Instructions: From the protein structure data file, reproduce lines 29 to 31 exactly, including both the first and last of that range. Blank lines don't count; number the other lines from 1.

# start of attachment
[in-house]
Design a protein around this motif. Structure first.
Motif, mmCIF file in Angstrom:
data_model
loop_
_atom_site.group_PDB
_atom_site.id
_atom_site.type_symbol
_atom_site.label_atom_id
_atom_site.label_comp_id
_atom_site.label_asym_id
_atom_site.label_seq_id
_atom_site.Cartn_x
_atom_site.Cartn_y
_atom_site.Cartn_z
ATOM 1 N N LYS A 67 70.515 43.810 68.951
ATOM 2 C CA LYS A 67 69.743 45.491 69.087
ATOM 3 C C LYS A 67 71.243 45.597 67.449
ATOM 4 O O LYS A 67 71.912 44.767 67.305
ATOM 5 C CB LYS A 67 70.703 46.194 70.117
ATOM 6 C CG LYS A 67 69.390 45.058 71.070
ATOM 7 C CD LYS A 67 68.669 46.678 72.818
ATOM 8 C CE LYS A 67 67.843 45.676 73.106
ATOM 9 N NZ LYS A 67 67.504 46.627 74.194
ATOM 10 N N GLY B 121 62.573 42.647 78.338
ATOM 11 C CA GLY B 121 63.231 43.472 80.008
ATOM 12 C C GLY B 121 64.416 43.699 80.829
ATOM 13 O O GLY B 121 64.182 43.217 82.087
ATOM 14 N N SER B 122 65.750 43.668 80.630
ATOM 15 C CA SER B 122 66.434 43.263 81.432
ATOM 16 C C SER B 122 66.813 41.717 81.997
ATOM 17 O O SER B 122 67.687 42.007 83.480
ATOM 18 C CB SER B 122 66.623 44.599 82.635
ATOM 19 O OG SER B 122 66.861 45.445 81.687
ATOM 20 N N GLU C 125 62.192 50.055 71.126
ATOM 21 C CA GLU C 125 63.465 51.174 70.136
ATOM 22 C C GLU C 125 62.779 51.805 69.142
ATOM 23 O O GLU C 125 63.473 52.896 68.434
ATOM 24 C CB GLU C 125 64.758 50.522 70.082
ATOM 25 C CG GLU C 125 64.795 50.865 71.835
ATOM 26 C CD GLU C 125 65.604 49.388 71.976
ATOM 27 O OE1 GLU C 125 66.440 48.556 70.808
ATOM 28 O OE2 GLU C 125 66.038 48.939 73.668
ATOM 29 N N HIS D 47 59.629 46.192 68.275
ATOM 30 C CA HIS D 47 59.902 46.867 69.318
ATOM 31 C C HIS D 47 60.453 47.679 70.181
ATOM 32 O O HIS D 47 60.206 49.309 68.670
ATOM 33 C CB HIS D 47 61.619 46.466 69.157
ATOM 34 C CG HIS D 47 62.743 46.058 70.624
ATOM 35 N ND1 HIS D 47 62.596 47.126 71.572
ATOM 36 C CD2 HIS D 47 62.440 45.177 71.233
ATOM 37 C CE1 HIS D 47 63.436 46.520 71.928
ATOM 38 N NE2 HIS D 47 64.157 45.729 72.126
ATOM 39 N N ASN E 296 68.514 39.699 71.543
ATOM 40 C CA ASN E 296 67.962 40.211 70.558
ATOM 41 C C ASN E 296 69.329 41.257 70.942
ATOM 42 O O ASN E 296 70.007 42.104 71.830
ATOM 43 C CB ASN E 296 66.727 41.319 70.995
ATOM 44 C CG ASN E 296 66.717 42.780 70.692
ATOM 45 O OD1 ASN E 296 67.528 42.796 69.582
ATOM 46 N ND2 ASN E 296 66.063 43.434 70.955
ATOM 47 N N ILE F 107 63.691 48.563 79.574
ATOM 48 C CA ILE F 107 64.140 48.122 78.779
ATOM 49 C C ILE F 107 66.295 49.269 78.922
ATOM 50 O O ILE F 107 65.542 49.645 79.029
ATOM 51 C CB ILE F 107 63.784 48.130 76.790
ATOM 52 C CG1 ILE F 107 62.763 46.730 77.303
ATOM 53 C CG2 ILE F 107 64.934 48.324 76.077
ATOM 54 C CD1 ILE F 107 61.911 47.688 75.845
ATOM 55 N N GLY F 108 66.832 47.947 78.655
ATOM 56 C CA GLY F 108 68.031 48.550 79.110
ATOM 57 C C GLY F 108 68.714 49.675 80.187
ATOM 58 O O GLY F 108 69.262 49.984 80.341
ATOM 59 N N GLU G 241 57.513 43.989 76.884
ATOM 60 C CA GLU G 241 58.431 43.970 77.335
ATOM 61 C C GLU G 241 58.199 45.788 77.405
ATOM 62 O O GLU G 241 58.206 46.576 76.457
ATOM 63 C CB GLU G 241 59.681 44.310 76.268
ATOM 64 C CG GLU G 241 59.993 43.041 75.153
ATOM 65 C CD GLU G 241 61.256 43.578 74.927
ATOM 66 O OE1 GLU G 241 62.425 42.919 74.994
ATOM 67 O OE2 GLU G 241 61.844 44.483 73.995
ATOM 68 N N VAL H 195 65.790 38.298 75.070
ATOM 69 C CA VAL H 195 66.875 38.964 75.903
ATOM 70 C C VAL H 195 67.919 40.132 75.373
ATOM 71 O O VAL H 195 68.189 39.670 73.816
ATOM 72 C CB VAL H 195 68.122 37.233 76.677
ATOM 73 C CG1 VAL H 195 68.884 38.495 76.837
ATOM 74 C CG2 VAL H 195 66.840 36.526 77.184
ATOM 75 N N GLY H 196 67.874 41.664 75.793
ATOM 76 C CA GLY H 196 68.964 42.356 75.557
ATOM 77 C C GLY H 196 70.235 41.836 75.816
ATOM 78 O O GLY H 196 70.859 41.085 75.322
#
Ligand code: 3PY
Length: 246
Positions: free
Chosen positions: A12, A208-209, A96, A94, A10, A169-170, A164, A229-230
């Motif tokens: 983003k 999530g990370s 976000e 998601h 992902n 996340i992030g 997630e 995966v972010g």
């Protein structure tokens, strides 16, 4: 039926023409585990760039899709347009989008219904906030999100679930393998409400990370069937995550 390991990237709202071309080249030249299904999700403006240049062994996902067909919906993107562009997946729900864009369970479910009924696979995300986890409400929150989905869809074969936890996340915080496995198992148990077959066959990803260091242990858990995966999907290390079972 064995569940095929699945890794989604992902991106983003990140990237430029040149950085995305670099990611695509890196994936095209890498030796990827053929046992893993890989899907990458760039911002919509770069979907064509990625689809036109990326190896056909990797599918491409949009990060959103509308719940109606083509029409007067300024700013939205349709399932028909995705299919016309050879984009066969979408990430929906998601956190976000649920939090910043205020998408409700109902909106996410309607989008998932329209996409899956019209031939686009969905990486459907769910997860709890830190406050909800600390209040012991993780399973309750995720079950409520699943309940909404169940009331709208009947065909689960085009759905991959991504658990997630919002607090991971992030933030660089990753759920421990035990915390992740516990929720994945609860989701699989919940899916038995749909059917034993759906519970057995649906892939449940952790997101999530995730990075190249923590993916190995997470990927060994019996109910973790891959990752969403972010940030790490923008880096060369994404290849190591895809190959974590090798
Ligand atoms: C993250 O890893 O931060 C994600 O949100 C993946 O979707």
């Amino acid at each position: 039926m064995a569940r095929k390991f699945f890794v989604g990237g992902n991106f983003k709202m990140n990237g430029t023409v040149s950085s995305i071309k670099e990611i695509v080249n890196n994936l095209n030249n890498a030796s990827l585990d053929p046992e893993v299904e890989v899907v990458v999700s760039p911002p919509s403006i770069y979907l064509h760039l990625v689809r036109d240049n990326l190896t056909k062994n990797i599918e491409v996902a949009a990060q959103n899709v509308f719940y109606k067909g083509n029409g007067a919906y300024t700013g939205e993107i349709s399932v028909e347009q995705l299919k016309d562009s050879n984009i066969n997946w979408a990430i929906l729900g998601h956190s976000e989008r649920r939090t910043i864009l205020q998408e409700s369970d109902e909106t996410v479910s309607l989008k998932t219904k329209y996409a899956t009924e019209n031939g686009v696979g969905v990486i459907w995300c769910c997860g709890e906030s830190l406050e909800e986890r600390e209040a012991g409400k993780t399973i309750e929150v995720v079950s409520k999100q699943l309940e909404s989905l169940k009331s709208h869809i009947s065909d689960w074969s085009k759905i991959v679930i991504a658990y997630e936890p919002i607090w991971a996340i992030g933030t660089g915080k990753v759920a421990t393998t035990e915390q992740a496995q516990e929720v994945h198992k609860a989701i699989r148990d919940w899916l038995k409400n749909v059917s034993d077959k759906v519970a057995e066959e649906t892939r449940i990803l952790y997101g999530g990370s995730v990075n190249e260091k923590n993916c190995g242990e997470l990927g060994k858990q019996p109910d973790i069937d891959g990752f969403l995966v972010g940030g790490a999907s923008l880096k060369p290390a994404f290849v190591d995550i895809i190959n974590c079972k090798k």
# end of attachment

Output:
ATOM 14 N N SER B 122 65.750 43.668 80.630
ATOM 15 C CA SER B 122 66.434 43.263 81.432
ATOM 16 C C SER B 122 66.813 41.717 81.997